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The new Farm Bill will subsidize U.S. cotton production in ways that shield farmers from international market forces. (Photo: David Nance/USDA)
Wednesday, February 12, 2014

Brazil-US Cotton Dispute Continues

Failure to solve the Brazil-U.S. cotton dispute will ultimately damage both nations' economies, experts warn.


Inter-American Dialogue


The United States and Brazil have been engaged in a long-running dispute over U.S. subsidies to cotton farmers that Brazil successfully challenged at the World Trade Organization, winning the right to implement tariffs of $829 million per year. The massive Farm Bill passed by the U.S. Congress this month proposes changes to the subsidies at the heart of the matter. What is at stake for both sides in this dispute? How is the controversy likely to play out? Will there be a resolution soon or will the dispute get worse?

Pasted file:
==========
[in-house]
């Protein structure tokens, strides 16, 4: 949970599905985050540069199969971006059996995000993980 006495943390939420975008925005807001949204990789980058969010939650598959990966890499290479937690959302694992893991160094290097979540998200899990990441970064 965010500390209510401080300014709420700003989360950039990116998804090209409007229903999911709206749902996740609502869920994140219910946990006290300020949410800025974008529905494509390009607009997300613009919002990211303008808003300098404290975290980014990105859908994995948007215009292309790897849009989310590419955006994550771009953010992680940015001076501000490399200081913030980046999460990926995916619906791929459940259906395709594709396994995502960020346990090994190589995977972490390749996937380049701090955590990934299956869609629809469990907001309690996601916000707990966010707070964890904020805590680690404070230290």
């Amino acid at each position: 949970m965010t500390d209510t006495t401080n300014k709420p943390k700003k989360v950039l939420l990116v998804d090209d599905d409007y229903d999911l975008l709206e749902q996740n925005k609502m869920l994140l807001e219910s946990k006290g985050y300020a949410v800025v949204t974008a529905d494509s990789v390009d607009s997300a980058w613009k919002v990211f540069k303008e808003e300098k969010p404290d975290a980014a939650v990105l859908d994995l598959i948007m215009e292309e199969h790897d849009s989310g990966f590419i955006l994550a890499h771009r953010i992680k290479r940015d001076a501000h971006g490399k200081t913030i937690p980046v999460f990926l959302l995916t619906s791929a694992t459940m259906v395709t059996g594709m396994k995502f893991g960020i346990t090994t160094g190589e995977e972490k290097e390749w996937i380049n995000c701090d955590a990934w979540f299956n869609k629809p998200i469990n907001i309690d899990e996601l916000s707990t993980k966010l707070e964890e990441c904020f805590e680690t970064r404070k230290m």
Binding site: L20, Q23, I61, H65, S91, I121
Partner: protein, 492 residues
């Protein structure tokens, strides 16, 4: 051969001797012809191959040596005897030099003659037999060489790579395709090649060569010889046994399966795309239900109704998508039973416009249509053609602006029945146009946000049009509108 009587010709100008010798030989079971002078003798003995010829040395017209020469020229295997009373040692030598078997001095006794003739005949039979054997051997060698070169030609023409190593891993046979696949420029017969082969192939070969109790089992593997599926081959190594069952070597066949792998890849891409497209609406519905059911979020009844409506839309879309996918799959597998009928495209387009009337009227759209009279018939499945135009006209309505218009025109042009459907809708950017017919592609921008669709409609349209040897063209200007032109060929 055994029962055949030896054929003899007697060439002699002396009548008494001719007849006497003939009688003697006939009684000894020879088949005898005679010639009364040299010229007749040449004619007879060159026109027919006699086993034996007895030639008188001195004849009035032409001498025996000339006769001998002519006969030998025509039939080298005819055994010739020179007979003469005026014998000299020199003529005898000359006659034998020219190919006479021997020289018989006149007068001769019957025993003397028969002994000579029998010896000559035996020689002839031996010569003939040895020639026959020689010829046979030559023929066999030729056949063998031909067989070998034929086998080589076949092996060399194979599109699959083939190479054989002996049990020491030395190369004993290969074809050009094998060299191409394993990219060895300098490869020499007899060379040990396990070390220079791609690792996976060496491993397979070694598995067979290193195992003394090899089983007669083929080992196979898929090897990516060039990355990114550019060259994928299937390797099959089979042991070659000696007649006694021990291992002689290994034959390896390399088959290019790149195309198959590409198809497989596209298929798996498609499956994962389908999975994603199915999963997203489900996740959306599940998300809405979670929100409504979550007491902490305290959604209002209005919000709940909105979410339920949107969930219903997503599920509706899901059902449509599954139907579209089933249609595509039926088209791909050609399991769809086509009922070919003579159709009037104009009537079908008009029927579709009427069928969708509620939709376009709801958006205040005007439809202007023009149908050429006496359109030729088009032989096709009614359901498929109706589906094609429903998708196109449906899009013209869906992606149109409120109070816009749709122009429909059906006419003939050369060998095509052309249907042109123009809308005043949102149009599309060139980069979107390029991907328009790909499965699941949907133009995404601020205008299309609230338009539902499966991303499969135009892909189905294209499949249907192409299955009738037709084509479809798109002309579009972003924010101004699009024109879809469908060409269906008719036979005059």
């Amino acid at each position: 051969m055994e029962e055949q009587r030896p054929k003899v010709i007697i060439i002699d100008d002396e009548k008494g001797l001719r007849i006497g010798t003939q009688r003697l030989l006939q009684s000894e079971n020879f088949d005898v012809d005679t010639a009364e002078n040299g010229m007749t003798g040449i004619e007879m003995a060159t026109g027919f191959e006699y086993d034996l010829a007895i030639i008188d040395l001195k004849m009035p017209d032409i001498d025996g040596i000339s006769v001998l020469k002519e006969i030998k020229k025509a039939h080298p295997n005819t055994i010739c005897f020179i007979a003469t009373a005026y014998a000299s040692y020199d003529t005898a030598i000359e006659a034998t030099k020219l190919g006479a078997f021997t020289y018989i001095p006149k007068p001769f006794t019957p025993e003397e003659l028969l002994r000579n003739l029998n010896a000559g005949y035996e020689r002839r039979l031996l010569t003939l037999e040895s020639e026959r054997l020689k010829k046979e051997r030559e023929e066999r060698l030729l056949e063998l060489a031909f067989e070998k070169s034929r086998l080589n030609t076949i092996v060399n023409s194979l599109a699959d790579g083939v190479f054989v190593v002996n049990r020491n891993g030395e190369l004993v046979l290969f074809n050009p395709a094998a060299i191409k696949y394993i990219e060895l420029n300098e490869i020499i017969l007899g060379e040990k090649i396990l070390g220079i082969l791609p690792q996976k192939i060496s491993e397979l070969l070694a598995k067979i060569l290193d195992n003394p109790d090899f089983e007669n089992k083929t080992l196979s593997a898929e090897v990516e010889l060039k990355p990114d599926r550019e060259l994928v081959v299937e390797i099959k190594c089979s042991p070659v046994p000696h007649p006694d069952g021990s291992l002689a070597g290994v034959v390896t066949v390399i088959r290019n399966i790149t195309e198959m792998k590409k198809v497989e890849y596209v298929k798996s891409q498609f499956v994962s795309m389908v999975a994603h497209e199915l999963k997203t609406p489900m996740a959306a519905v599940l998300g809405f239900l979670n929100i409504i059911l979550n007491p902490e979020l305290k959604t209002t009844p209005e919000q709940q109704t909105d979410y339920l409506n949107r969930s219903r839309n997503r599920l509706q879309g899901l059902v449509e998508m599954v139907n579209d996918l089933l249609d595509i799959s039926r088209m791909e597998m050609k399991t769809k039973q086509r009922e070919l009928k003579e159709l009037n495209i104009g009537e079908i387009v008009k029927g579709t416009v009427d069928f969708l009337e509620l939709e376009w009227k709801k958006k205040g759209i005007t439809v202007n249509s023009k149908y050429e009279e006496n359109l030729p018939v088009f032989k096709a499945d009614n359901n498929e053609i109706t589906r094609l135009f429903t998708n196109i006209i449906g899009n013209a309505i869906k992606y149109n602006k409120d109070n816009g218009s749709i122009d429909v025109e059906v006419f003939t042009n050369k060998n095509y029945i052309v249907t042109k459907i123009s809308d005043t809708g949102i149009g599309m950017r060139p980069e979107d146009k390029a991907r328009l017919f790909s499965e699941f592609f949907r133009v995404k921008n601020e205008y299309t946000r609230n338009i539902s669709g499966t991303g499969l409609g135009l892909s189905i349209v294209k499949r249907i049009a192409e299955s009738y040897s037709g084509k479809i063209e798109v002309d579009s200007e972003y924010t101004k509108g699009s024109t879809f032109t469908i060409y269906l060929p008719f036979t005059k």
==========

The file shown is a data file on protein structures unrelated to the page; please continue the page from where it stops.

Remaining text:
Charles Dittrich, vice president for regional trade initiatives at the National Foreign Trade Council in Washington: There is a lot at stake in this case, ranging from the liberalization of international markets in cotton to the integrity of the rules-based global trading system, which has passed judgment on Brazil's claims in the WTO. As the Farm Bill has been recognized by both sides as the benchmark for change to satisfy the dispute, it is now up to our respective governments to determine whether the new legislation brings the United States into compliance with the WTO rulings. Failure to gain agreement on that point has the potential to escalate a cotton dispute into a dangerous distortion of the overall U.S.-Brazil economic relationship. As the world's seventh-largest economy, Brazil is the U.S.'s eight-largest trading partner, with  two-way trade in 2012 at $78 billion, and is a major market for U.S. investment, machinery, chemicals, aircraft/spacecraft, computers and electronic products. The United States is a large destination for Brazilian tourism and its second-largest export market. Failure to solve the cotton dispute will ultimately damage both nations' economies and the competitiveness of a range of industries. Only the U.S. and Brazilian negotiators can now determine how this dispute will play out, and a road map for complying with international rules has been provided by the WTO through its decisions on the case. To date, the U.S. Trade Representative, the U.S. Administration and the Brazilian government have acted thoughtfully in finding a solution, but the next several months will be critical.